Sales managers often motivate their reps with SPIFFs and sales contests that award cash prizes. This is a tried and true sales motivation strategy, and monetary rewards generally produce results.
However, they don’t really motivate the entire sales force — only the top performers likely to win. And while it’s good to motivate your rock stars, the top line would be better served by getting everyone striving for the prize.
So if monetary prizes don’t do the trick, what does? Here are three creative sales motivation tactics managers can use to fire up their entire team. And the best part? They won’t cost a dime.
1) Provide Coaching
In my opinion, “coaching” and “feedback” aren’t the same thing. While feedback (good or bad) is valuable for the employee, it’s rarely motivating. Coaching, on the other hand, can be a motivational force if presented correctly.
I recommend that sales managers treat coaching like a gift. Instead of just serving it up to every employee like it’s no big deal, frame it in such a way that the employee understands its value.
For example, instead of simply saying “I’ll put some coaching time on your calendar,” ask the employee with a bit of fanfare:
“I would love to coach you in X area. You could test some different approaches on me and I can share a few insights I have. Together, we can figure out what works. Would that be beneficial to you?”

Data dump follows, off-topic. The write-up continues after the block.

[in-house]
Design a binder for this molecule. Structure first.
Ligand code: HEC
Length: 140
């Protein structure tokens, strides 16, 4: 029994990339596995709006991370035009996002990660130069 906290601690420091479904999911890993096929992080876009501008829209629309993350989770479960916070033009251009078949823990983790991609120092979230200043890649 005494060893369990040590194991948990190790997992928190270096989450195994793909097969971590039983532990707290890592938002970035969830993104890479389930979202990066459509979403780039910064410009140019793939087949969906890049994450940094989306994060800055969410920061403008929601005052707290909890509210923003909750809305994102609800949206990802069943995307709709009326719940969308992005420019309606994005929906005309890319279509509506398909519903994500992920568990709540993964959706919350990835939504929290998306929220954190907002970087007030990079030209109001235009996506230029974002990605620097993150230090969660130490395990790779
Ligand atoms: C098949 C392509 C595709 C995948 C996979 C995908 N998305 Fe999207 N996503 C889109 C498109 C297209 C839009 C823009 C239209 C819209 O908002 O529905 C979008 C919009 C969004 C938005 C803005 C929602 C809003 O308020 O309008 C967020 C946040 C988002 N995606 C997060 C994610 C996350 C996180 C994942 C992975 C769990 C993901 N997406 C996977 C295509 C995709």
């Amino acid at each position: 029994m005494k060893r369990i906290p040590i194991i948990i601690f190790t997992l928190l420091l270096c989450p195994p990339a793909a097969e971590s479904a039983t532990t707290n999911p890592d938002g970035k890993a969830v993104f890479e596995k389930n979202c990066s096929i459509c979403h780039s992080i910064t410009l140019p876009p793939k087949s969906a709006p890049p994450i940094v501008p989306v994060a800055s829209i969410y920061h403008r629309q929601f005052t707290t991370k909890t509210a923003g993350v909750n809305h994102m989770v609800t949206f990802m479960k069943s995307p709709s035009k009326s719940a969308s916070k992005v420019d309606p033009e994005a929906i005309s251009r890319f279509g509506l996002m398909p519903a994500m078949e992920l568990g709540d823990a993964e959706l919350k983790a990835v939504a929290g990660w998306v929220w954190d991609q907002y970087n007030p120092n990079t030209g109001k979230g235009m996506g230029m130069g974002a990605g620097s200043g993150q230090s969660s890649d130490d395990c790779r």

Coaching gives reps the opportunity to try out sales tactics in a no-fail zone, and this exercise can be extremely motivating.
2) Use Leadership
I mean this in two ways. First, tap leaders in the company to donate their time and resources that you can then dangle as a prize. Second, extend leadership privileges to high-achieving reps.
Here are three ideas as to how you can use leadership for sales motivation:
- Your boss will do your calls. Try a sales contest where the prize or a mid-way bonus is … you! You will work for the leading rep for a few hours doing whatever they direct you to — calls, demos, presentations, etc. Not only does this motivate your team, it also shows you aren’t afraid to roll up your sleeves and get in the trenches. Plus, it’s fun.
- CEO takes you out to lunch. Or any C-level executive. Most sales reps crave one-on-one time with a senior leader to share their thoughts and get an inside look into company strategy.
- Present at the next sales meeting. Ask a high-performing rep to present an innovative tactic or new approach at the next sales meeting. This kills three birds with one stone — you’re celebrating the rep, their colleagues see that reps who do well earn prestige, and you can delegate some of the responsibility of leading the meeting.
3) Bring in Clients
Your clients possess incredible motivational power. I often bring customers into the office or arrange conference calls so reps can hear how the product they sell is changing someone’s life.
Invite customers to team meetings or events to chat with the reps about how they’re using your offering, why they chose it over the competition, and what they liked and didn’t like about your sales process. Allow for some Q&A where reps can ask questions that will help them optimize their process or messaging.
Not only does this client face time reaffirm to reps why they do what they do, it also reminds them that it’s all about the customer. After spending some time with clients, they’ll be excited to get back on the phones and start selling.
Sales motivation doesn’t have to carry a price tag. The most motivating moments are priceless — literally.